LUXEMBOURG (CN) – An Italian store selling dog treats and coffee made with cannabis cannot trademark its marijuana leaf-filled logo, the European General Court ruled Thursday.
“That sign, the dominant element of which is the word ‘cannabis,’ will be perceived by the relevant English-speaking public as meaning ‘cannabis shop in Amsterdam’ and by the relevant non-English-speaking public as ‘cannabis in Amsterdam’, which, in both cases, coupled with the image of the cannabis leaves, the media symbol for marijuana, is a clear and unequivocal reference to the narcotic substance which is sold there,” the court said in its ruling.
Only products with extremely low levels of THC, the active intoxicating agent in marijuana, are available for sale at the 500 some Cannabis Store Amsterdam locations, which, contrary to the name, are all located in Italy.
The owners of Cannabis Store Amsterdam attempted to trademark their green and black logo with the European Union Intellectual Property Office in 2016. The office rejected the application on the grounds that the image was “contrary to public policy.”
Cannabis Store Amsterdam sells low-THC products, sometimes called cannabis light, through a loophole in an Italian law aimed at helping farmers. The 2016 Hemp Act permitted farmers to sell the fiber, which can be used in paper and textile manufacturing. The act banned the recreational sale of the parts of the plant used in drug making but omitted mention of the sale of cannabis flowers.
That allowed shops selling products made with cannabis flowers, which contain only 0.2 to 0.6% THC, to bloom on Italian shopping streets.
But since it isn’t actually allowed to sell full-strength marijuana, the Cannabis Store Amsterdam was told by the Luxembourg-based court that it is not allowed to trademark its branding.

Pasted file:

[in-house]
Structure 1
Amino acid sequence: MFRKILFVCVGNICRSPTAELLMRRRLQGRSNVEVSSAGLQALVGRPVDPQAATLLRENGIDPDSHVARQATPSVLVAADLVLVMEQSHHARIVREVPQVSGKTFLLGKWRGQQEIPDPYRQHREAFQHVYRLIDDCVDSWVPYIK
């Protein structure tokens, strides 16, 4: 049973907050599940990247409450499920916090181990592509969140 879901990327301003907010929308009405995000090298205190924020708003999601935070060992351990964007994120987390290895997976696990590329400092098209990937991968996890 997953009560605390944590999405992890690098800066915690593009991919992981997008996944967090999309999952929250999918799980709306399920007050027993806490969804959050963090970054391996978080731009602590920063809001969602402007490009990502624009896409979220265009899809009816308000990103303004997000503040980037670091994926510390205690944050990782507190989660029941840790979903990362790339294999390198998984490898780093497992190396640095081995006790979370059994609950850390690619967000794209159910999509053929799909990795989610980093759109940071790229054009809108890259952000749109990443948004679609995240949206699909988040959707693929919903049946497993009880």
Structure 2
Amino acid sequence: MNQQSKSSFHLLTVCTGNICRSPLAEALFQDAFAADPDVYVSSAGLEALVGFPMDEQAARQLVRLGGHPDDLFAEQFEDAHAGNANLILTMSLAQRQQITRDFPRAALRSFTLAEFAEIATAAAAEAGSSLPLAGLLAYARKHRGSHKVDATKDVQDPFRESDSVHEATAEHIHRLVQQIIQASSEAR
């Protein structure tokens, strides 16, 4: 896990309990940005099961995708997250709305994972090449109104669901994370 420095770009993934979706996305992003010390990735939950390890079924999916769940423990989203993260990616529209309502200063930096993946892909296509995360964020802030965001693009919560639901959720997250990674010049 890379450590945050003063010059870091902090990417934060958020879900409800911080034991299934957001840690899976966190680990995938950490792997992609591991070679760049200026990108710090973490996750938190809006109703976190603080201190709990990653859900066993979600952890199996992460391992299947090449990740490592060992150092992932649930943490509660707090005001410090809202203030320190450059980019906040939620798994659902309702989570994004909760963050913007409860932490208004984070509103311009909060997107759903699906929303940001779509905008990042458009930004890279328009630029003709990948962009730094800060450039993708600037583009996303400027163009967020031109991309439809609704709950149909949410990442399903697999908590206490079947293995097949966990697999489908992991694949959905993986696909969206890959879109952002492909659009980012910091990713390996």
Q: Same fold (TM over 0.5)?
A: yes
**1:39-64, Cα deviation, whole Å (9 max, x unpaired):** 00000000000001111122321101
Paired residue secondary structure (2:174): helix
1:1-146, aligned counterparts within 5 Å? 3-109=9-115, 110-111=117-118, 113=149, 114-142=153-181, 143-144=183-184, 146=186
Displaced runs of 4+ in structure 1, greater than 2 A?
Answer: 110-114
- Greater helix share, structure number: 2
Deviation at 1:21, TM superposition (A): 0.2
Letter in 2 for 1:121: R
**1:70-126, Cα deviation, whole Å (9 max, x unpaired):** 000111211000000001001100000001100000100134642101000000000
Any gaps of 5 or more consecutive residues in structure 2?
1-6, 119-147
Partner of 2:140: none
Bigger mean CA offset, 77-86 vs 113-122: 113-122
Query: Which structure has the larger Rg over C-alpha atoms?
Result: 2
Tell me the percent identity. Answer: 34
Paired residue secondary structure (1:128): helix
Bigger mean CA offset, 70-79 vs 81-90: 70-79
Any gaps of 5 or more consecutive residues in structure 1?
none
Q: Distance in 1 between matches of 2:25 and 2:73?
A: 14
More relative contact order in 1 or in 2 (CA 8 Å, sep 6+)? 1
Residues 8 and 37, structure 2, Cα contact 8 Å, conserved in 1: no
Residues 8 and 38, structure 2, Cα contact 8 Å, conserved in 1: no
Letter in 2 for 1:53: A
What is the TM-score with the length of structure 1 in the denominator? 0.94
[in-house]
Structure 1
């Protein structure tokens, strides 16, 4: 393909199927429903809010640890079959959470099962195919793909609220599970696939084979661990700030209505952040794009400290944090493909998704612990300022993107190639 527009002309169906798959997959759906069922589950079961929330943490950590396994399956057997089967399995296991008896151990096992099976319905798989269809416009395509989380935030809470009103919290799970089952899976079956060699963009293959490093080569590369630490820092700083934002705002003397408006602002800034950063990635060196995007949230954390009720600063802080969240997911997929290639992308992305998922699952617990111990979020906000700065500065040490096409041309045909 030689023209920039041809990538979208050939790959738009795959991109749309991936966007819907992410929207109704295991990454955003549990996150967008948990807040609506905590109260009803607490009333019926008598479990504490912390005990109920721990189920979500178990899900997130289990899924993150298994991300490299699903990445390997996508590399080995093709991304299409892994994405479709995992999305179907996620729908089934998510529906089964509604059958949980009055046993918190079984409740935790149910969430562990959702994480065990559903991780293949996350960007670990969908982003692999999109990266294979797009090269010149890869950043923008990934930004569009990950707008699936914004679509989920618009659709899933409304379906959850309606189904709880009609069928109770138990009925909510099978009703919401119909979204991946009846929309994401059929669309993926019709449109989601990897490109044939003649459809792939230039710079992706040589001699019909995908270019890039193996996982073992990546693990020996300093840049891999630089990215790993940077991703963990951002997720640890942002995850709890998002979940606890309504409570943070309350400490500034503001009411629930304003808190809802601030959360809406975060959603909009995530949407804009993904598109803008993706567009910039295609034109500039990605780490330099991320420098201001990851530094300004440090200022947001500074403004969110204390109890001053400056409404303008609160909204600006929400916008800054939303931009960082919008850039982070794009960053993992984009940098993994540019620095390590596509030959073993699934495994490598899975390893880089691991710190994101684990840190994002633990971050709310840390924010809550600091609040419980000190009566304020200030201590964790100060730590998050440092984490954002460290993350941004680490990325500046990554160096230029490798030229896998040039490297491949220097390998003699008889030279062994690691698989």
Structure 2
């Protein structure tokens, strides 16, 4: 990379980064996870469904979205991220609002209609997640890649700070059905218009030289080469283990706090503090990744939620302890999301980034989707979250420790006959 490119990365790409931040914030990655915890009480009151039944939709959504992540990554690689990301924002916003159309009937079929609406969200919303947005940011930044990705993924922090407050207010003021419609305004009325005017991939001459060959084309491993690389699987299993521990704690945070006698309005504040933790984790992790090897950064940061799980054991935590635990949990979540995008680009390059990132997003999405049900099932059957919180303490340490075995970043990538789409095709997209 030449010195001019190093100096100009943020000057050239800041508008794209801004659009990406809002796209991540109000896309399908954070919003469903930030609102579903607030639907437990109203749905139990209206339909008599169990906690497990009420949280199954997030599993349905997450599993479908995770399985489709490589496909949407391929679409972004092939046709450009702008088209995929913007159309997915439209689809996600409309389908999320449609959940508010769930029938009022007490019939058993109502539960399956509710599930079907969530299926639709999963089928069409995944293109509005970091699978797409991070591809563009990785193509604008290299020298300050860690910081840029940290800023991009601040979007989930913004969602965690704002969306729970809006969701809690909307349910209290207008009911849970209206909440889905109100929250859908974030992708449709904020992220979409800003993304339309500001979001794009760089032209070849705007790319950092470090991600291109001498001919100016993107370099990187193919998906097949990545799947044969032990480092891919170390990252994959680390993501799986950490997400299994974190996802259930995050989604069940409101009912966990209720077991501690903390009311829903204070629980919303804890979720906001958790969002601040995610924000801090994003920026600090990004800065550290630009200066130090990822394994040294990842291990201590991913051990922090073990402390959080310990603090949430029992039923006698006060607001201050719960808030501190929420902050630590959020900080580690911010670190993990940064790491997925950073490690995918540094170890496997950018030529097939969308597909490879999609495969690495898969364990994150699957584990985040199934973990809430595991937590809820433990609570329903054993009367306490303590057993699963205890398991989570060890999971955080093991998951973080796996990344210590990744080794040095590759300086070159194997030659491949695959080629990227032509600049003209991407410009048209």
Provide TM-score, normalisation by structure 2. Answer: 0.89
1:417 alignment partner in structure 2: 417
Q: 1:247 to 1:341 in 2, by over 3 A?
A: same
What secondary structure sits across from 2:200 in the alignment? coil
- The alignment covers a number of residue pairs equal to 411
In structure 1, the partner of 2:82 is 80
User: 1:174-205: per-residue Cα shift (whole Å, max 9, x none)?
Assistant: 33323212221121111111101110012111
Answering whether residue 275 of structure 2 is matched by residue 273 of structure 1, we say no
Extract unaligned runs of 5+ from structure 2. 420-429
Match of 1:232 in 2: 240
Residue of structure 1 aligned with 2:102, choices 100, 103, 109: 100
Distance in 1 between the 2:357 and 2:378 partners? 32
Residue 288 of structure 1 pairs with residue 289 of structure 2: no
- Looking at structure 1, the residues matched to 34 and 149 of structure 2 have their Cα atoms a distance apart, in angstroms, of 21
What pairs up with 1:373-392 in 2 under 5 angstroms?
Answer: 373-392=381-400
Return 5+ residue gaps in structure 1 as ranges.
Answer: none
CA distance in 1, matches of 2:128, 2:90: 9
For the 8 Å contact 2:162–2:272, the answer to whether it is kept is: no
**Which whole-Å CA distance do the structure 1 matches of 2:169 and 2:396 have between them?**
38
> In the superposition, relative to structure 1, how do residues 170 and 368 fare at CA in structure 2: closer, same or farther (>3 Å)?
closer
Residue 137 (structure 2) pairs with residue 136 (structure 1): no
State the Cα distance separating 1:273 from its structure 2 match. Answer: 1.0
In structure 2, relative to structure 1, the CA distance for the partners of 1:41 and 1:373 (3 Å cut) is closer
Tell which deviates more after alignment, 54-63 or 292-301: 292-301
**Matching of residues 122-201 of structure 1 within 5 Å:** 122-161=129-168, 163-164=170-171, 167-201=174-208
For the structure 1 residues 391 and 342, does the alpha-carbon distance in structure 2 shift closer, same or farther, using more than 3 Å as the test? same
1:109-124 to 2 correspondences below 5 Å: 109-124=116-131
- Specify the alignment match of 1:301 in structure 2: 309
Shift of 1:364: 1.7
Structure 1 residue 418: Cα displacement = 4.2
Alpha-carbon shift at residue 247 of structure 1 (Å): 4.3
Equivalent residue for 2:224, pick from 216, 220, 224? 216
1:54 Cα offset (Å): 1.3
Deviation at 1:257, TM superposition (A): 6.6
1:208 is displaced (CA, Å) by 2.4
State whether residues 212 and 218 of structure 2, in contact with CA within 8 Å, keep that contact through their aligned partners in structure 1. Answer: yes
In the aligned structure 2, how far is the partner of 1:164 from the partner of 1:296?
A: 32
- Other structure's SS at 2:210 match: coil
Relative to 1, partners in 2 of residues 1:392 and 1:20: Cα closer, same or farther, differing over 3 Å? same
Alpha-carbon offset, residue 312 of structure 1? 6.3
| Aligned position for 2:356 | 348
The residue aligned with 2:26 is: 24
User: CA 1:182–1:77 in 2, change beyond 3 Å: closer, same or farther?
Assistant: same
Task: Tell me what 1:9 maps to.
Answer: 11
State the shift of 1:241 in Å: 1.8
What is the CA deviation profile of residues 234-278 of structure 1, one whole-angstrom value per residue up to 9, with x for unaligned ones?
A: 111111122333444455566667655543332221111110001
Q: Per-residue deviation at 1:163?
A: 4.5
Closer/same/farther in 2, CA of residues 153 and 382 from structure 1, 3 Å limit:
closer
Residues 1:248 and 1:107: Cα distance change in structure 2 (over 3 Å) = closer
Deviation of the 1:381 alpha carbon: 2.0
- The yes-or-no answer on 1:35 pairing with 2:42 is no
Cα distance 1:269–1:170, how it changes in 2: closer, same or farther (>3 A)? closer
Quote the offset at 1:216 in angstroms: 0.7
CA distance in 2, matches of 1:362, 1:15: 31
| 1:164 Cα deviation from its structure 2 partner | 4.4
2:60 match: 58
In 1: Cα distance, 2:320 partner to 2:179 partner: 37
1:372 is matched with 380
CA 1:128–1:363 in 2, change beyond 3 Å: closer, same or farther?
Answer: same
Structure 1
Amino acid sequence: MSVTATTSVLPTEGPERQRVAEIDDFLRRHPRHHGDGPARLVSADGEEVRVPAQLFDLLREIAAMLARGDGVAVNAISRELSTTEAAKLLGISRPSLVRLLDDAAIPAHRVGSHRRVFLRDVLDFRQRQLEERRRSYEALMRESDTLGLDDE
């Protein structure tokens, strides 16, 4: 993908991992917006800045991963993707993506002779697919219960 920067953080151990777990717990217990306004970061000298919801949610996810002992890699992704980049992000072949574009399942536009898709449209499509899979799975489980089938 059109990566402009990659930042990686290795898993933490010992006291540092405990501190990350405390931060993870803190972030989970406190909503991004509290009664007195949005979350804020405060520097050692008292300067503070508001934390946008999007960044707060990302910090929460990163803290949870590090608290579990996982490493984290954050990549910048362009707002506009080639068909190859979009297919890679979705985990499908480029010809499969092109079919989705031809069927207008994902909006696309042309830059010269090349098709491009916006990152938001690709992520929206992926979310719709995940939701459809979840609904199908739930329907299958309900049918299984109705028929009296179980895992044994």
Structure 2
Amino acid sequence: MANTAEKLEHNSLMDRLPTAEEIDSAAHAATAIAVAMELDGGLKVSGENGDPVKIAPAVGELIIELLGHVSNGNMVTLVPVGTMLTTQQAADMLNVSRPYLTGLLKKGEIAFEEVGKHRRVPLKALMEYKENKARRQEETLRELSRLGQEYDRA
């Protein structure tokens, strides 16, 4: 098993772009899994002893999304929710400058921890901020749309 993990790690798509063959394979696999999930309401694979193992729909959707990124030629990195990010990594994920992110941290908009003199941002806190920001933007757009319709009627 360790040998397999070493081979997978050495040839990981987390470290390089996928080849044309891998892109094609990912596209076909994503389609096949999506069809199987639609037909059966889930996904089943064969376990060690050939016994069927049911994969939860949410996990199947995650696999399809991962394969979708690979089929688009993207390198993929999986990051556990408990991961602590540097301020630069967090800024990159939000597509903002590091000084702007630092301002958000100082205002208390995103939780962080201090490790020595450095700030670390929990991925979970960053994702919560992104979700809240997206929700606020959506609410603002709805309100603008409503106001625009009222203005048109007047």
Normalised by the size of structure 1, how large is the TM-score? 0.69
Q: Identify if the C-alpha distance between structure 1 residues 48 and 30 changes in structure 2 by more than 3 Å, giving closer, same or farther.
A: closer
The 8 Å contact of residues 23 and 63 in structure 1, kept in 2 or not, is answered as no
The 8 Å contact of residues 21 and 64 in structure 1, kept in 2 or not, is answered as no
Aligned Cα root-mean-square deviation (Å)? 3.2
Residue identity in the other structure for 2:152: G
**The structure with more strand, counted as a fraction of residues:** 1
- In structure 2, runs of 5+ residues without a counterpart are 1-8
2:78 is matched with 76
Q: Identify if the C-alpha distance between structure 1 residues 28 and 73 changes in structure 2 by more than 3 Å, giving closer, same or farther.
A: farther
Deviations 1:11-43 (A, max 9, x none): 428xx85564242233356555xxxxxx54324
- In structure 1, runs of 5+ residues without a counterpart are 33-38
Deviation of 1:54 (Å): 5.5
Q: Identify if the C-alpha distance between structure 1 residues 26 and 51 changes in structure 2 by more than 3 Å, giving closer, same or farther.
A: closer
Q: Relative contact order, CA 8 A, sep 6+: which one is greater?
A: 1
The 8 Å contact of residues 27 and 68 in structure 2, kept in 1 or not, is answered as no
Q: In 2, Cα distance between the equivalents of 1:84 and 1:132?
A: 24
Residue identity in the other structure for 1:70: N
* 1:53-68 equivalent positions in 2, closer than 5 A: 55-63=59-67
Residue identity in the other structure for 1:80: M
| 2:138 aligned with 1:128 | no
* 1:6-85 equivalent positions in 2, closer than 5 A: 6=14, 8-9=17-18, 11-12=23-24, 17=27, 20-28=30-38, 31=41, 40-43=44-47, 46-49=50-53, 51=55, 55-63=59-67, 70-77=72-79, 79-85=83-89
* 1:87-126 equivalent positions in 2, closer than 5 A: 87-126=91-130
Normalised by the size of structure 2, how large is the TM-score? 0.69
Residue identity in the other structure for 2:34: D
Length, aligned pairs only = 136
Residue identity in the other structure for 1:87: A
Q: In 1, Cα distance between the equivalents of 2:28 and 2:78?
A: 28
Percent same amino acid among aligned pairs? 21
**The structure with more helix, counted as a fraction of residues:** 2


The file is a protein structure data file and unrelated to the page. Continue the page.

“The fact that that sign will be perceived by the relevant public as an indication that the food and drink items referred to by the applicant in the trademark application, and the related services, contain narcotic substances which are illegal in many member states is sufficient to conclude that it is contrary to public policy,” the three-judge panel wrote.
Even the use of the word “Amsterdam” was a problem for the court. The Dutch capital is known for its tolerant laws towards soft drugs like marijuana.
“It is sufficient to note, first, that the applicant does not dispute that the city of Amsterdam is known for its ‘coffee shops’ which are authorized to sell marijuana and ‘space cakes’ and, second, that, according to the case law, a sign must be refused registration if at least one of its possible meanings characterizes the existence of an absolute ground for refusal,” the ruling states.
Cannabis Store Amsterdam can appeal the Thursday ruling but has not indicated if it will do so.